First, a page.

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Phrased as either "sho ga nai" (informal) or "shikata ga nai" (formal). Similar to the French phrase "c'est la vie" ("such is life"), this phrase can be translated as simply weathering troubles and accepting that life can be harsh, but actually has a deeper definition to it.
One attribute highly prized in Japanese society is that of "gaman", or "endurance". Gaman is the quality of enduring what seems unbearable with dignity and grace. The idea basically that is that if there's something unpleasant around you, it's better to tough it out in an act of self-sacrifice rather than act immediately to change it.
This is the source of many of Values Dissonance in imported/translated Japanese works. Americans, to put it politely, are very familiar with complaining--the nation was founded with free speech in mind, and the ability to speak one's mind is highly valued and constantly taught. Britons have the concept of the Stiff Upper Lip, the idea of dismissing troubles and snarking irreverently about it. The Japanese, however, will have a Salaryman suffer in silence when his boss demands more hours and his wife screams at him because of a miscarriage, or a mother suffer in silence as she keeps her husband's affair with the neighbor a secret while the child asks where Daddy is.
On the brighter side, it can be used in the sense of not sweating the small stuff; having "gaman" would mean you don't get upset over the little irritations in life. If someone bumps in to you, maybe the other person is a bit clumsy or tripped a little. If the food arrives fifteen minutes late, maybe the delivery person got lost or is on his first day. If a friend makes a light-hearted joke at your expense, you find the humor in it and laugh along with it.
Because it can be interpreted as a fatalistic unwillingness to make changes or an enlightened acceptance of the ups and downs of life, "sho ga nai" can change its meaning depending on how serious the circumstances surrounding the phrase can be.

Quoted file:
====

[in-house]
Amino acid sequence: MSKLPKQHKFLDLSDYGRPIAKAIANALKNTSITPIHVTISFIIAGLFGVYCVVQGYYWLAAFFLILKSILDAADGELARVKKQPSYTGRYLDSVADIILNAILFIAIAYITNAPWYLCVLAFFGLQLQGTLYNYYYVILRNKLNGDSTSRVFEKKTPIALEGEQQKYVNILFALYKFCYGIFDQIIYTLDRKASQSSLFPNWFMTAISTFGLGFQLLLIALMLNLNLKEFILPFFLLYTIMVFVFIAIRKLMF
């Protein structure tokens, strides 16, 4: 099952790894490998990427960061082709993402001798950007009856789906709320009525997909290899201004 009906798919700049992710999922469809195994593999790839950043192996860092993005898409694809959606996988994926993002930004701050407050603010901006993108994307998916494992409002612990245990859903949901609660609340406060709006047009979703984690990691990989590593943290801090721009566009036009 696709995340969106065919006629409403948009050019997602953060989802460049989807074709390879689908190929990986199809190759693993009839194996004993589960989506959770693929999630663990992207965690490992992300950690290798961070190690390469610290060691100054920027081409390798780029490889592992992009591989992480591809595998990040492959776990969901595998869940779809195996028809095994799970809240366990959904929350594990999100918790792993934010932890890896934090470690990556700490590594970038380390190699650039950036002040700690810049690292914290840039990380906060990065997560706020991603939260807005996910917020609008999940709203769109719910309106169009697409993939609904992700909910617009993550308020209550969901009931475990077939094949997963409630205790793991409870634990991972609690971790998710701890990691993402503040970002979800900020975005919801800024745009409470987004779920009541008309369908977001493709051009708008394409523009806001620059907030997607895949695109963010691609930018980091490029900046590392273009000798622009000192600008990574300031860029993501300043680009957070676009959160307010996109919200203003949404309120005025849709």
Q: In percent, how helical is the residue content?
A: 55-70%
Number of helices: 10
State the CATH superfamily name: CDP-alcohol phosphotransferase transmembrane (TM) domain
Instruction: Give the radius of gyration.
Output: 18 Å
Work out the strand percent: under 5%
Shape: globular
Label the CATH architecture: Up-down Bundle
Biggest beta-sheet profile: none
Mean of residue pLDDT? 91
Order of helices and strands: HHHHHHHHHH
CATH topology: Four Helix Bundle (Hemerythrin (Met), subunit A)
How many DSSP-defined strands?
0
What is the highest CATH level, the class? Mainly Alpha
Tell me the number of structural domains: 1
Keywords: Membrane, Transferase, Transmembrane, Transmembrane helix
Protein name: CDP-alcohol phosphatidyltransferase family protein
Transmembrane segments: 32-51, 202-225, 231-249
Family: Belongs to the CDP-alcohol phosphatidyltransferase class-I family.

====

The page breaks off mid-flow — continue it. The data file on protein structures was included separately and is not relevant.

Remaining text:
- In the first episode of Mononoke, the elderly innkeeper gets tired of arguing with the pregnant foreigner over how there's no room in the inn. She just gives up, says it can't be helped, and lets her sleep in the abandoned room in the attic.
- Used very frequently by Madara in Natsume Yuujinchou.
- In the historical manga Barefoot Gen, many of the citizens in Hiroshima use the phrase to explain why they accept the military rule, and the acceptance of the below-poverty conditions that cause many of their citizens to starve.
- Kiss X Sis - While on vacation with the gang, Keita sleepwalks into Mikuni's hotel room and starts to molest her. While shaken at first, she soon starts molesting back... while protesting. Upon waking up, he apologizes profusely; Mikuni, on the other hand, states that it can't be helped since he's a guy.
- Used incredibly frequently in Sayonara, Zetsubou-sensei.
- Suki na Mono wa Suki Dakara Shouganai, an incredibly melodramatic Boys Love manga, translated as "I Love Who I Love, So It Can't Be Helped.
- At the end of Clannad episode 24 (Kyou Chapter), Kyou cancels a date with Tomoya because her sister wants to go shopping. He shrugs it off with "shikata ga nai", unselfishly.